USDA November Cost of Food

USDA Official Cost of Food for November 2007 

Or go straight to the PDF file here.

The official cost to feed a family of four on the Thrifty plan has risen from  $554.20 in October 2007  to 558.30 in November 2007, or about 1-extra dollar per week.

In November 2006 groceries cost $525.60 per month on the Thrifty plan. So in a year the price of groceries has risen $32.70 per month.

In November 2006 the weekly cost was $121.30.November 2007 the weekly cost was $128.80, or up $7.50 per week.

Charts and graphs are all well and good, but I think they don’t always represent the increases we see in the trenches of real life.

A previous commenter mentioned the rising cost of powdered milk. The cheapest place I can find it is at grocery store called Kroger’s. They’re store-brand tastes exceptionally good and costs $12.49 for a 20-quart/4-pound box. I can get a 22-quart box of Carnation brand at Sam’s for $13.23. Some stores are selling their 20-quart boxes for almost $15.00.

I don’t knwo how much fresh milk is because we so seldom buy it. I think I’ve seen it for over $4 a gallon, but I’m not sure how much more. One store is advertising that if you buy 6 gallons they’ll give you a seventh gallon free, but their milk is $5 a gallon, so it’s not much of a bargain, more of a trick to get more of one’s money.

Evaporated milk rose a full quarter per can last year. At my Dollar General it was 50-cents for several years and then went up to 75-cents a can. Small cans are 45-cents each, or equivalent to 90-cents for a big can. I almost never buy the small cans, too expensive.

How much are you paying for milk? Powdered or Fresh? And what other foods have risen dramatically in your neck of the woods? 

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44 Comments

Filed under Budget, Low Cost Foods

44 responses to “USDA November Cost of Food

  1. Carol D

    Hi Maggie,

    I really LOVE your new blog. I didn’t think you could get any better than Hillbilly Housewife but you have picked a really good name and have outdone yourself!

    I am so looking forward to your completing the Food Storage section. While it is only me now (plus my loyal cat), my children are not into food and household necessities storage for lean times. A couple of them are really good at saving back money but do not store food or other necessities. I feel that I must make up for that and be prepared to provide for them if the stuff hits the fan and hard times are upon us (I think they already are)!

    I can shop at the military facilities and plan to check out the one closest to me soon. I just have to take gas into consideration. It is a bit of a distance from my home and with gas prices being what they are and climbing – well, that is a big factor!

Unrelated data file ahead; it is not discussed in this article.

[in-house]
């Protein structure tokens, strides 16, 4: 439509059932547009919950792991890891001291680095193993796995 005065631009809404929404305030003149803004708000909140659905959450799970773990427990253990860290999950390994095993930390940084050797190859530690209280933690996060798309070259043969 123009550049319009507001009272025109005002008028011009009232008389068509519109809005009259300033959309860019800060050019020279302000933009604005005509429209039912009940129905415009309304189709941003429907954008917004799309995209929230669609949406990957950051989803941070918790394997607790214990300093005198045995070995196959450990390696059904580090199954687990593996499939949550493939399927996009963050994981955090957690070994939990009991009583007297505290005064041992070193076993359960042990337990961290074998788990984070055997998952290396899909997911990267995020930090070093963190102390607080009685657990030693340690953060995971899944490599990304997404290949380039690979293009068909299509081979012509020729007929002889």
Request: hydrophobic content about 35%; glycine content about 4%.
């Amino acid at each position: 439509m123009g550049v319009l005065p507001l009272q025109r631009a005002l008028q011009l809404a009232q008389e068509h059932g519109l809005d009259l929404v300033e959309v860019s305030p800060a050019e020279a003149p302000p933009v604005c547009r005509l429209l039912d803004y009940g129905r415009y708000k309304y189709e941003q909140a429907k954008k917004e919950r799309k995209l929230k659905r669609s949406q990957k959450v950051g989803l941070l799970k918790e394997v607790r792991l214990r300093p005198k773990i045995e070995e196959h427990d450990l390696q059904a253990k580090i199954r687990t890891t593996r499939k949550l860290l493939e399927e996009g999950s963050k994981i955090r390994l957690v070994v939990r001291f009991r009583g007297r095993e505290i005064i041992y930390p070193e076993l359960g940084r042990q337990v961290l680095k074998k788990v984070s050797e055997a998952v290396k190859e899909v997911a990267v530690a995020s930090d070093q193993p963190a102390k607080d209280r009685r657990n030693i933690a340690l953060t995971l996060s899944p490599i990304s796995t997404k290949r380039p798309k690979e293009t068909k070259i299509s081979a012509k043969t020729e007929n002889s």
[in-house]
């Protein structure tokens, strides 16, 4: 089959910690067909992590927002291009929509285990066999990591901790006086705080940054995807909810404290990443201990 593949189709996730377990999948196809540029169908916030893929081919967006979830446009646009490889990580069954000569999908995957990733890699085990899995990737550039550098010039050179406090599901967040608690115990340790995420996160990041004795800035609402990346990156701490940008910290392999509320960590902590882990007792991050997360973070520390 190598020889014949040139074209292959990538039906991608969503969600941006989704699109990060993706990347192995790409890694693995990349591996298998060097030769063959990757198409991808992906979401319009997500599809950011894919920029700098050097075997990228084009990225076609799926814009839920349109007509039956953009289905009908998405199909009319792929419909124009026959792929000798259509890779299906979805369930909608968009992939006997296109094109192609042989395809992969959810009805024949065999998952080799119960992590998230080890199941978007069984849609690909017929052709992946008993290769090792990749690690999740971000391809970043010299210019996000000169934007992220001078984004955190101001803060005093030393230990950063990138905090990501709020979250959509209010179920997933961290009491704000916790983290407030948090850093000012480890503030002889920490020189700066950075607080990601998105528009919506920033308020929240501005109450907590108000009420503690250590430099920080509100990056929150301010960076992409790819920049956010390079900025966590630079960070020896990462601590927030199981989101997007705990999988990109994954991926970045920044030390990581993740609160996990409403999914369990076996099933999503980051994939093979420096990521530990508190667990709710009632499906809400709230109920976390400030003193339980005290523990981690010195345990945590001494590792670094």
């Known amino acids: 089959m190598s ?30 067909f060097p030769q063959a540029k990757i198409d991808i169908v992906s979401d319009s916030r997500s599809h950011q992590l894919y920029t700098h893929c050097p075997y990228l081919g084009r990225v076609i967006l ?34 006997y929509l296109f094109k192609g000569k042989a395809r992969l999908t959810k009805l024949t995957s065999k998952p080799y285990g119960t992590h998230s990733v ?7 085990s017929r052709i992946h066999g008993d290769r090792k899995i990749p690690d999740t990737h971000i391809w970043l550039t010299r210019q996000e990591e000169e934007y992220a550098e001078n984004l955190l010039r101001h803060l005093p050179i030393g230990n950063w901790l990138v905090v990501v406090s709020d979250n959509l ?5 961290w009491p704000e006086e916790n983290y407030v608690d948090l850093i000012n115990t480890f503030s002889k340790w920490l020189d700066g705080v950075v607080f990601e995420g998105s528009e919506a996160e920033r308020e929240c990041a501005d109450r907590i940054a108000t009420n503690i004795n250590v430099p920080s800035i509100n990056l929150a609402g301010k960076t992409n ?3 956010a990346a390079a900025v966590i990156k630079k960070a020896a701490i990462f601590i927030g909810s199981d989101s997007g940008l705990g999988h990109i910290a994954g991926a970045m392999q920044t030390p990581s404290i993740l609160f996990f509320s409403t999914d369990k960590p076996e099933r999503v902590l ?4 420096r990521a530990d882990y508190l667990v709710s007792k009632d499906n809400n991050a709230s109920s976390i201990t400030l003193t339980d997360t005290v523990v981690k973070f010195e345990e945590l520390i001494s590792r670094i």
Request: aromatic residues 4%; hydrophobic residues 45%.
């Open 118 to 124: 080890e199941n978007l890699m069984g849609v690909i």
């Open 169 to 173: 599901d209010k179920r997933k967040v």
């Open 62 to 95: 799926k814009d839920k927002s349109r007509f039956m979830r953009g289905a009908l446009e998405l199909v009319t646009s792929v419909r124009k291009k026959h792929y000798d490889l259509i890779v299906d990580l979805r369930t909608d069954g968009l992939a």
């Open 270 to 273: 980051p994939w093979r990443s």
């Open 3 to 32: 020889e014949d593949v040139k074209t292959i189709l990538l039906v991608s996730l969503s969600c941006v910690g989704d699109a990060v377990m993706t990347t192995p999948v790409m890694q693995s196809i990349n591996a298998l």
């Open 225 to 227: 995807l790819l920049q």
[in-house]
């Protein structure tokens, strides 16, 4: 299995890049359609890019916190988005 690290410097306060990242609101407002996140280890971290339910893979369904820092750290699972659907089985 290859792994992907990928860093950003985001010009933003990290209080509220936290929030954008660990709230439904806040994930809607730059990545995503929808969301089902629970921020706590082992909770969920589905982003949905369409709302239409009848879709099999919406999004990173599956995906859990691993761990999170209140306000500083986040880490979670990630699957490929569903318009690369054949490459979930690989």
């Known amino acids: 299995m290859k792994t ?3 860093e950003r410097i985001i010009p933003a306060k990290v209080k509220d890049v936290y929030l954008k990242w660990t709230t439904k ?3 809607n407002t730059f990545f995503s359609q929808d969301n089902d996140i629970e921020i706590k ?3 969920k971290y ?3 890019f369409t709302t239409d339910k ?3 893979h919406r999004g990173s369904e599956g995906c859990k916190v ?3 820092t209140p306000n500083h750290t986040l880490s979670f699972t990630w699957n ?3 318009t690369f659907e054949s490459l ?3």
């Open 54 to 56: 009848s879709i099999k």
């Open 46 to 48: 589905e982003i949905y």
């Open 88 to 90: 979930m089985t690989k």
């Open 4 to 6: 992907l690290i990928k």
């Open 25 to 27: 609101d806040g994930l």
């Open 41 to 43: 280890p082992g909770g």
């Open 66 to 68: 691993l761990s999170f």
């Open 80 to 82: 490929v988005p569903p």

One big jump (there have been many) in price was the pound rolls of ground turkey and ground turkey sausage. I was buying it at Wal*Mart for less than $1 per pound and overnight it jumped to $1.37 per pound. Almost a 40% increase in price overnight!!

    One thing that has come to my attention is the size of the products. The price has remained the same but the 5 pound bag shrunk to 4 pounds. I guess they thought no one would notice!! But a 20% loss of product for the same price is still a 20% price increase – no matter how they sneak it in. Several products have taken that hit. Everything from cookies to sugar. While many of the items are not necessities, it does show one what the seller is doing and gives us cause to monitor the products that we personally purchase.

    Blessings to you – glad you’re back!!

  2. samnjam

    Eggs are a terrible price here, running $1.47-$2.29 for large size ones, and only a few pennies cheaper for medium. I’ve been doing what I can to reduce my family’s dependence on them until the prices either go down or I break down and pay the price.

    Also, flour is much higher than last year as the 2007 wheat harvest was very poor, both in terms of quantity and quality (at least in Kansas). And butter rose 50 cents a box in the last two weeks for some reason.

    I love your blog and your new website!

    Jamie in Kansas

  3. samnjam

    BTW, I was told the reason for the dramatic price increase for eggs and milk (and meat for that matter) was because animal feed prices have skyrocketed with the increased production of ethanol. I guess all our corn is going into that now. :\

  4. Seems like everything has gone up in price. I know alot of it has to do with the gas prices being so high. We are paying around $3 a gallon for milk. I try my best not to pay that price unless I absolutely have to. I usually can purchase it on sale for around $2.50 a gallon. Not much of a sale but anything helps. I have tried to take your advice on the dry milk but it is so high that it costs just as much as regular milk on sale. I have some powdered milk that a friend of mine gave me awhile back. I use that for cooking but when that’s gone I guess I will just have to use regular milk unless the price comes down by then.